Mechanisms of Intracardiac Shunting in Reptiles: Pressure vs Washout Shunting

  • J. W. Hicks
  • G. M. Malvin
Part of the Advances in Comparative and Environmental Physiology book series (COMPARATIVE, volume 21)


In adult mammals and birds, the right and left sides of the heart are normally separate. Intracardiac shunting, which is usually detrimental, results only from congenital abnormalities of the heart and great vessels. In contrast, intracardiac shunting normally occurs in noncrocodilian reptiles. The complex and unique anatomy of these animals can allow both the systemic venous blood to bypass the lungs as well as the pulmonary venous blood to bypass the systemic circulation. It is not uncommon for these bypasses to comprise most of the cardiac output. The success of this vertebrate class indicates that intracardiac shunting is not detrimental to these animals, and may, in fact, provide certain survival advantages (Burggren 1985).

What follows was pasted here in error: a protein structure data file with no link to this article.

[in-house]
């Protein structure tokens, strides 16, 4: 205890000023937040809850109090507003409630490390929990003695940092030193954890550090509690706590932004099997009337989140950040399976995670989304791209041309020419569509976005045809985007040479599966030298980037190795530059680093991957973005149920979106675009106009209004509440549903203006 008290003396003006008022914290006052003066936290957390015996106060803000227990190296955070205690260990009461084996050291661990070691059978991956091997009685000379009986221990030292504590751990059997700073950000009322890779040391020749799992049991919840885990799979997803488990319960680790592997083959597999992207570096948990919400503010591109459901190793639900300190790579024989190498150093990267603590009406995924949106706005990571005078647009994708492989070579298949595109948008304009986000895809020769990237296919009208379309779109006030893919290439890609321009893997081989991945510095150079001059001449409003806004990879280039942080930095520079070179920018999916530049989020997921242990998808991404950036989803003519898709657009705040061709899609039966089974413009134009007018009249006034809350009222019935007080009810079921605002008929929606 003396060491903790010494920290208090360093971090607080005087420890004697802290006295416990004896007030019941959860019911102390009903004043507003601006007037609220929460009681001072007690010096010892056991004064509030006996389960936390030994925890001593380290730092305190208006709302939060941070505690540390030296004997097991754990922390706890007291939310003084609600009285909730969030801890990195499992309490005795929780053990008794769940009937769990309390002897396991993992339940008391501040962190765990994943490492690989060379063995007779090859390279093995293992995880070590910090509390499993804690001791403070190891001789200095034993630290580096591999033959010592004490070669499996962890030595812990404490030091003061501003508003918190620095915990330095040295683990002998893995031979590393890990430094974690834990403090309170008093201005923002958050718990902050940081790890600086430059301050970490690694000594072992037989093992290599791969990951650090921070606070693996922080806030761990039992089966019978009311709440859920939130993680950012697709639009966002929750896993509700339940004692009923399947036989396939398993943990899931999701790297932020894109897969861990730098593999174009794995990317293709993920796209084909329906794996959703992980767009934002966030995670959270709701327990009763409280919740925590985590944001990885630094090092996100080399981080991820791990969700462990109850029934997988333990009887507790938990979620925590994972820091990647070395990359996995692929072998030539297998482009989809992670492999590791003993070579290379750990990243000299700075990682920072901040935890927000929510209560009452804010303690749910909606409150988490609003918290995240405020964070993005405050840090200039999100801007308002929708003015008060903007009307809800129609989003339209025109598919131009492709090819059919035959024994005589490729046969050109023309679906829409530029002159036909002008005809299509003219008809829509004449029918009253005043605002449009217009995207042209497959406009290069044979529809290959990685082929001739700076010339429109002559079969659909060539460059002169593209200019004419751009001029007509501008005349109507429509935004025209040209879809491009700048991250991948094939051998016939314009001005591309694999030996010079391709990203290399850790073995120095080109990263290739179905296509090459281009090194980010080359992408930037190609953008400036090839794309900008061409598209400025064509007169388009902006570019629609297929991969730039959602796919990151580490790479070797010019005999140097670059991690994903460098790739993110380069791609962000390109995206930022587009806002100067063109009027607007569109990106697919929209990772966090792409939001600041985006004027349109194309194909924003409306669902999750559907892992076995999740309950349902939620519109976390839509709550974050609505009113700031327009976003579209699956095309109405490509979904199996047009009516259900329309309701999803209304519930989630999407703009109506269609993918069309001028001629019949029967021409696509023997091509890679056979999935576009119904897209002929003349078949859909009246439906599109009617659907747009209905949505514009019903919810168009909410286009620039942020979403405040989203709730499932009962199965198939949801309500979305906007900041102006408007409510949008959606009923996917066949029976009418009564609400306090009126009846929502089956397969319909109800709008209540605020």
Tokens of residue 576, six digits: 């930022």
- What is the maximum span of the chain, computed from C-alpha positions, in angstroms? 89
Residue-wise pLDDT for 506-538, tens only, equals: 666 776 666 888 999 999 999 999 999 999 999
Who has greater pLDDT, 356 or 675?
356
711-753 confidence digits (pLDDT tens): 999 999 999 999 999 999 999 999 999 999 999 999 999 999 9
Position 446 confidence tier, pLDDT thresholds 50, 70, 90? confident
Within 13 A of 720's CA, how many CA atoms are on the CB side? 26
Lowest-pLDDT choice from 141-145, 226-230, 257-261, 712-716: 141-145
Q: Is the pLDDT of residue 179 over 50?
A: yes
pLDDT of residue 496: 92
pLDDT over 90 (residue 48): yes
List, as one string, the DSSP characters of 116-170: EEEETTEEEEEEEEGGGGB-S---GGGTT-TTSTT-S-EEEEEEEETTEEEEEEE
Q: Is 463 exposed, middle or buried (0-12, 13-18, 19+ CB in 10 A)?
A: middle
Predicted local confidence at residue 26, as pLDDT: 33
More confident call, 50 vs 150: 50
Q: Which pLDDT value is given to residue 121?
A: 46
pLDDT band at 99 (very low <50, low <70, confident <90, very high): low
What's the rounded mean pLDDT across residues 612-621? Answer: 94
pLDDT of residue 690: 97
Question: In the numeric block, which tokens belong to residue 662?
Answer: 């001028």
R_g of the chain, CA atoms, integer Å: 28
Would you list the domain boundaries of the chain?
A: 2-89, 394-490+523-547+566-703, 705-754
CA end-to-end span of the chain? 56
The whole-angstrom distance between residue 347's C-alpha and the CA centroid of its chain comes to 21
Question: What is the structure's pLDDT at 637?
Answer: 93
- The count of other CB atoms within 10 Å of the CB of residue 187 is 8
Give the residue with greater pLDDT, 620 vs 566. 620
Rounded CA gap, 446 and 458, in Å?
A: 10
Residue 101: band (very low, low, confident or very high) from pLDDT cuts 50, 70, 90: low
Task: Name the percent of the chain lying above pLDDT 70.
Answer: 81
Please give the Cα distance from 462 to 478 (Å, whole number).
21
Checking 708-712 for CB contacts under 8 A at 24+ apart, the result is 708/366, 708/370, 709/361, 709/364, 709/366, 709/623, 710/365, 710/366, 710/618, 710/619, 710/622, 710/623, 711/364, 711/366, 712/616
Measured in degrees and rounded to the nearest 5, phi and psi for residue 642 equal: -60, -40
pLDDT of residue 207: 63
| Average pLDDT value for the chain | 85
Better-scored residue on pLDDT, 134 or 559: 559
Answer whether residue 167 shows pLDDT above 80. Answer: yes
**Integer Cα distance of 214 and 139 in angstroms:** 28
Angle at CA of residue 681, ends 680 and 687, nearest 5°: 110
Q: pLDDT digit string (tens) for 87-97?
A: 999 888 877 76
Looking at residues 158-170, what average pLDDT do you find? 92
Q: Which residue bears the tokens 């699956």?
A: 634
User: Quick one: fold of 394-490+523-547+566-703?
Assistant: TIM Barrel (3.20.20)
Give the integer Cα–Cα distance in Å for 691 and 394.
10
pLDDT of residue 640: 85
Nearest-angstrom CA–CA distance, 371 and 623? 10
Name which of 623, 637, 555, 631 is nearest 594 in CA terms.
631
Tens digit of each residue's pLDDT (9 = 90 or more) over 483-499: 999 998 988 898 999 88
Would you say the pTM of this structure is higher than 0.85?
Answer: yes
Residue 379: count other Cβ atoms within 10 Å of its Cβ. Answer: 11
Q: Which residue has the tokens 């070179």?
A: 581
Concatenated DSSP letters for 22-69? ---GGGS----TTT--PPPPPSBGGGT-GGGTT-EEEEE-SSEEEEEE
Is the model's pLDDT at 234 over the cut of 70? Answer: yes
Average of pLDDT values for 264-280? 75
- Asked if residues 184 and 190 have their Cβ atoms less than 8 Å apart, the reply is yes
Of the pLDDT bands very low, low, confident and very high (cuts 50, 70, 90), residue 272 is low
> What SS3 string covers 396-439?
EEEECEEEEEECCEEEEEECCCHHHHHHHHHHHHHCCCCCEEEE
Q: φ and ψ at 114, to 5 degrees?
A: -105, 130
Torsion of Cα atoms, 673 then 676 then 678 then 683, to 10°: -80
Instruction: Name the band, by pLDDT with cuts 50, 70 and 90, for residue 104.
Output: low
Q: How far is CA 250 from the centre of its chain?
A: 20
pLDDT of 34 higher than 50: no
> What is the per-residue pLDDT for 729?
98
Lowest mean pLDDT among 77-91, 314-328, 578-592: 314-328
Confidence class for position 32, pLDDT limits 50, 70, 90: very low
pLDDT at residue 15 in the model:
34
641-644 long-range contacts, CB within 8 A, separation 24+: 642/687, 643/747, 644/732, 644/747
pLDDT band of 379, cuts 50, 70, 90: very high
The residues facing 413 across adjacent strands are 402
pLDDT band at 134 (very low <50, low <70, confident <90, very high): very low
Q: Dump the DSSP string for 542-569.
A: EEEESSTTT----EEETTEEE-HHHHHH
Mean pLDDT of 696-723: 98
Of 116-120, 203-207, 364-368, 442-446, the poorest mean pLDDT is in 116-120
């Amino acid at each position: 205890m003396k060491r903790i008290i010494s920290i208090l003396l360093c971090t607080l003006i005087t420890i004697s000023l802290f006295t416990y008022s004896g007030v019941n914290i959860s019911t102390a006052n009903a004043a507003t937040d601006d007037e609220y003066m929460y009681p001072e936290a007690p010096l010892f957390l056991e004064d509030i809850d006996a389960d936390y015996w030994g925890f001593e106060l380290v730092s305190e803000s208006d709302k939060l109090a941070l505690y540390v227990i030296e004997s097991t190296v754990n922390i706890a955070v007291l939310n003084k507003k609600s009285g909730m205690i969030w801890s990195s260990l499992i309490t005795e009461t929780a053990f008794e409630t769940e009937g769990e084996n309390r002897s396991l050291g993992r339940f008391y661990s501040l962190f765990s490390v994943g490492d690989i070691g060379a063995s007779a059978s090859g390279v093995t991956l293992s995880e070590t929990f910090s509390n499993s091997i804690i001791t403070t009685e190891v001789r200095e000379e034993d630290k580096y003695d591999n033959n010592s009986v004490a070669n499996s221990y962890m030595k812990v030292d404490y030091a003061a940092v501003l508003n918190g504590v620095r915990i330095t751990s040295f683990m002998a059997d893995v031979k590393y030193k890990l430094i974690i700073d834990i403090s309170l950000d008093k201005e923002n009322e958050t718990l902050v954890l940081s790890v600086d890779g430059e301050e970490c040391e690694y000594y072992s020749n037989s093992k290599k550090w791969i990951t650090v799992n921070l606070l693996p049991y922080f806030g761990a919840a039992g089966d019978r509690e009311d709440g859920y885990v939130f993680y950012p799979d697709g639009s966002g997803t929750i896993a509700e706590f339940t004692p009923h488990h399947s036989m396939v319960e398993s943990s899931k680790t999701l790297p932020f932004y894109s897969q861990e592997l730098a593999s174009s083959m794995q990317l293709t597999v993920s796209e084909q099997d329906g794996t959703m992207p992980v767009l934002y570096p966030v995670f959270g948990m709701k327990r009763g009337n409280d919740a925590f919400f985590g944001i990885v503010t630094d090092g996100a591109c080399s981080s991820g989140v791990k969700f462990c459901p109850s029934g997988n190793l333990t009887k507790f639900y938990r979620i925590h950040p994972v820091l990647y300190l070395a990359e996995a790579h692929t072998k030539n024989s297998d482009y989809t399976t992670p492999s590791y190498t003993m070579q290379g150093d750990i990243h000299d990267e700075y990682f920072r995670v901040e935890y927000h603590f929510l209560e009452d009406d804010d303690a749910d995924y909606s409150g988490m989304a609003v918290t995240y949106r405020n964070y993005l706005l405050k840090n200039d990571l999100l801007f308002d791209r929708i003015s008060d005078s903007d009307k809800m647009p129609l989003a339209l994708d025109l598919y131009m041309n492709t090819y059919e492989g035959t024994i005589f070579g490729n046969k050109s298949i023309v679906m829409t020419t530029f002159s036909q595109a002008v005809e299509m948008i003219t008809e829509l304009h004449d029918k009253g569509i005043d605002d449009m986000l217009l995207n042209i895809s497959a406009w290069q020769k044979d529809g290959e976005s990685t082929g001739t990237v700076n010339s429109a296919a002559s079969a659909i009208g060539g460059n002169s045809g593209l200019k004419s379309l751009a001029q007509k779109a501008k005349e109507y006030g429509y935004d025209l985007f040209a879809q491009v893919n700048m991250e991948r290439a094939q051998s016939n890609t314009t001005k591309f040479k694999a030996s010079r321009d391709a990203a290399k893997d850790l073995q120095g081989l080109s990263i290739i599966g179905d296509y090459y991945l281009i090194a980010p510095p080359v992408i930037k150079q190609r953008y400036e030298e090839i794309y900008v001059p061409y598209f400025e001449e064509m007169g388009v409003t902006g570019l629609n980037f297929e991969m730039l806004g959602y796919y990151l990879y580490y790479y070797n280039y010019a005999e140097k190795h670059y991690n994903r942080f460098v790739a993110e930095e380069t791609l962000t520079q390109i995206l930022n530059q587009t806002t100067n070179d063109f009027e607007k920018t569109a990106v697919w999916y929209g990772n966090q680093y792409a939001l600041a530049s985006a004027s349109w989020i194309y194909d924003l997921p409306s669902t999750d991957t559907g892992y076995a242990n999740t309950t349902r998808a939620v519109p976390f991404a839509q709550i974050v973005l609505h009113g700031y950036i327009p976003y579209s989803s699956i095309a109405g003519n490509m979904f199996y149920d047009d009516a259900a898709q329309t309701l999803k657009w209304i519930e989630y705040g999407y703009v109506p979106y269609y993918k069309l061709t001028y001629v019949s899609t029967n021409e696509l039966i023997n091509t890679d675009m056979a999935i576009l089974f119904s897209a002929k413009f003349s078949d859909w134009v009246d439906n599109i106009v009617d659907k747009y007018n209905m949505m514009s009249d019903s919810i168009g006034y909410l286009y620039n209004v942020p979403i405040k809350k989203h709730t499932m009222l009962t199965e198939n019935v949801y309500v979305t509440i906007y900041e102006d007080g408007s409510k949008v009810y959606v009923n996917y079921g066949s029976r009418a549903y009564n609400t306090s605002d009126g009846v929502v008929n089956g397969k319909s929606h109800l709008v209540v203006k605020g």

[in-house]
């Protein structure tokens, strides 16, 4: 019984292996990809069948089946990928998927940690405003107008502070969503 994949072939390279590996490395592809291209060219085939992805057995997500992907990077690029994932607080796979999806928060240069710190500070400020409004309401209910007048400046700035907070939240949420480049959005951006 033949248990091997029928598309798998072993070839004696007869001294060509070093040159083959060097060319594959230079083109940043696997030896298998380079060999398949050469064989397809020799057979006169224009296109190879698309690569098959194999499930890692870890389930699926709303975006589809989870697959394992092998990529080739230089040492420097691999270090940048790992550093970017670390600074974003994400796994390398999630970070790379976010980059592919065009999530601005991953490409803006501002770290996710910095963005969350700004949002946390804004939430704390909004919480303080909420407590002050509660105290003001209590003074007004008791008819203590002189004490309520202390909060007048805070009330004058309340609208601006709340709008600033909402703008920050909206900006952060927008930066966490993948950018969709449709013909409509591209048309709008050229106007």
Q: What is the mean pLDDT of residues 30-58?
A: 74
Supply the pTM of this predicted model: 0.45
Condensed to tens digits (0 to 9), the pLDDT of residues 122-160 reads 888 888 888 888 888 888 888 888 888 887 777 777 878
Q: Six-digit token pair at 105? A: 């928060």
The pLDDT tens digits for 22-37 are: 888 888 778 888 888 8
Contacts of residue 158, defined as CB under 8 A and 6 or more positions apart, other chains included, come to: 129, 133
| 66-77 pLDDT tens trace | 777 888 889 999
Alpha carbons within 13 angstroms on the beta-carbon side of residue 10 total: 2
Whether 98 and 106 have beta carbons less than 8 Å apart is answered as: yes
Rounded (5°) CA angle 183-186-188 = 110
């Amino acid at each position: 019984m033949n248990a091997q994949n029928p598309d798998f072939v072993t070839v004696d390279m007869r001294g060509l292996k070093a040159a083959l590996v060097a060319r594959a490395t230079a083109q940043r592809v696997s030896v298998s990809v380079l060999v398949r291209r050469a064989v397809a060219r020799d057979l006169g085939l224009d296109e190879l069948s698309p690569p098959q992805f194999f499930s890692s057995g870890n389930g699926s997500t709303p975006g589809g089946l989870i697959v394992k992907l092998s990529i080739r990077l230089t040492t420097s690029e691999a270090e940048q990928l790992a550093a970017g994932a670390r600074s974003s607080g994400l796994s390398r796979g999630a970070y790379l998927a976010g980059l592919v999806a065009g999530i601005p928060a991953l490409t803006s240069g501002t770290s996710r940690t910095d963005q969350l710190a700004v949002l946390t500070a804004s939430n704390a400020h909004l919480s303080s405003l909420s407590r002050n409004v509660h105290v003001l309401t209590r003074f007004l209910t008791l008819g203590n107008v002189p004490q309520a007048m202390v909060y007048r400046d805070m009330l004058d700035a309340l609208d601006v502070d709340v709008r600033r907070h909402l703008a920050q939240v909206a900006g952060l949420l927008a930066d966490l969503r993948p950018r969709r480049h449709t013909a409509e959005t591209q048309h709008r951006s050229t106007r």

Aortic Arch Pulmonary Vascular Resistance Vagal Stimulation Pulmonary Blood Flow Systemic Arch 
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Copyright information

© Springer-Verlag Berlin Heidelberg 1995

Authors and Affiliations

  • J. W. Hicks
    • 1
  • G. M. Malvin
    • 2
  1. 1.Department of Ecology and Evolutionary BiologyUniversity of CaliforniaIrvineUSA
  2. 2.Oxygen Transport ProgramLovelace Medical FoundationAlbuquerqueUSA

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